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Location: The Heritage Foundation's
Ann McElhinney is a documentary film
director and producer. She is the producer and director of
Not Evil Just
Wrong, a feature length
documentary which examines the dangers and true cost of global
warming hysteria. The film highlights the tragic consequences of
the first triumph of the environmental movement, the ban on DDT,
which has resulted in the deaths of more than 40 million children
and adults in the developing world.
Previously McElhinney produced and
directed Mine Your
Own Business (2006), the
first documentary that asks difficult questions of the
environmental movement. As a result, 80 NGOs, including Greenpeace,
called for the film to be banned when it was screened in the
National Geographic auditorium in Washington.
Protestors compared Mine Your Own Business
to "nazi propaganda" and "pornography" and the filmmakers received
two death threats from environmentalists.
However Canada's The National Post said Mine Your Own Business
is "devastating because it combats prejudices
and fantasies with pictures that refute thousands of weasel words.
Images spun from afar. It deserves to be seen by anybody who wants
to understand the impact on poor people of radical
McElhinney has also made documentaries for
the BBC, CBC (Canada) and RTE (Ireland). The Search for Tristan's
Mum (RTE, 2005) concerned the
case of Tristan Dowse, a baby who was adopted by an Irish man and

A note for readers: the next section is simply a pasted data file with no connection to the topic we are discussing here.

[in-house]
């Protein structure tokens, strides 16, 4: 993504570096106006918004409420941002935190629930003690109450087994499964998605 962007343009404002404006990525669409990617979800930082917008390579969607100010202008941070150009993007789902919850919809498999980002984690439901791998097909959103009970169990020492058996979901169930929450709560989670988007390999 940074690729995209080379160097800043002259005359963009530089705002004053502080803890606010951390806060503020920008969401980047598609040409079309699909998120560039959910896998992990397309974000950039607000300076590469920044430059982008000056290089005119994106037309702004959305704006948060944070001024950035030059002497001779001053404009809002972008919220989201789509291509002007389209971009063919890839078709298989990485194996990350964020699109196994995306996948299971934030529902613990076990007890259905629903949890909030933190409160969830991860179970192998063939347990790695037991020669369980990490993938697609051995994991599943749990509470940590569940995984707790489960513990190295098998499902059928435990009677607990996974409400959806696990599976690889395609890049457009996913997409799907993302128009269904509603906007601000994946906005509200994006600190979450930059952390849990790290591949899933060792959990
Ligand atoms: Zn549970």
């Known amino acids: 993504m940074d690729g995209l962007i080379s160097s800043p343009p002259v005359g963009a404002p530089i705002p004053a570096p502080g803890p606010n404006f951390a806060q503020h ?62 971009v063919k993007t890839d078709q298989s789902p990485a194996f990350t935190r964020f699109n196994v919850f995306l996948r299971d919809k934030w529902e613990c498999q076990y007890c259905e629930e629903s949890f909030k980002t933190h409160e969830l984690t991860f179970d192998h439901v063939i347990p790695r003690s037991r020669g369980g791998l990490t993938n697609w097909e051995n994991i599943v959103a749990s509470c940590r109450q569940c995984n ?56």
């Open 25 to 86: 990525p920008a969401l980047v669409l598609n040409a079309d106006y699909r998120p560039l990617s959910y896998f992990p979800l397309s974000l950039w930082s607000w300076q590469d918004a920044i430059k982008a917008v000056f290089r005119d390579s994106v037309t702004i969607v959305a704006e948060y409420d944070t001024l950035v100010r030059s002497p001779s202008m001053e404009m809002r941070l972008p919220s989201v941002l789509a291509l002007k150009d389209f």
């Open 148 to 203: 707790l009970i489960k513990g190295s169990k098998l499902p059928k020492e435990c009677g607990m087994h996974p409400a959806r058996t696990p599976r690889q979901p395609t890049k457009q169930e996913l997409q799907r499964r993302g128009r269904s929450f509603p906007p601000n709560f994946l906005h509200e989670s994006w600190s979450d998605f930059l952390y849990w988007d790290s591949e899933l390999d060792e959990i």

his wife in Indonesia. Then two years later when the adoptive
mother became pregnant they abandoned Tristan in an Indonesian
The case outraged Ireland and McElhinney
tracked down Tristan's natural mother and, going undercover,
infiltrated the baby-selling ring. Tristan is now living with his
natural mother in Indonesia and the baby sellers are serving
lengthy jail sentences.
The Irish government initiated a high court
protection order to protect Tristan's interests and when delivering
his judgment Justice John McMenamin said McElhinney deserved the
"highest of praise" for her investigative journalism.
McElhinney was featured in and was the
Associate Producer of the highly controversial documentary
Sender (2005) for
McElhinney has also written for or
contributed to an array of international media organizations
including ABC (US), BBC, CBC (Canada), ABC (Australia), RTE
Sunday Times and
Times. She is a regular
contributor to talk radio in the U.S. and has most recently
contributed to the Dennis Miller and Randi Rhodes show. McElhinney
has worked as a journalist and filmmaker in the US, Canada,
Romania, Bulgaria, Chile, Indonesia, Cambodia, Vietnam, China,
Ghana and Uganda.
McElhinney is also a highly entertaining and
inspirational speaker. She has most recently spoken at conferences
in New York, San Francisco, Washington D.C., Maine and Salt Lake
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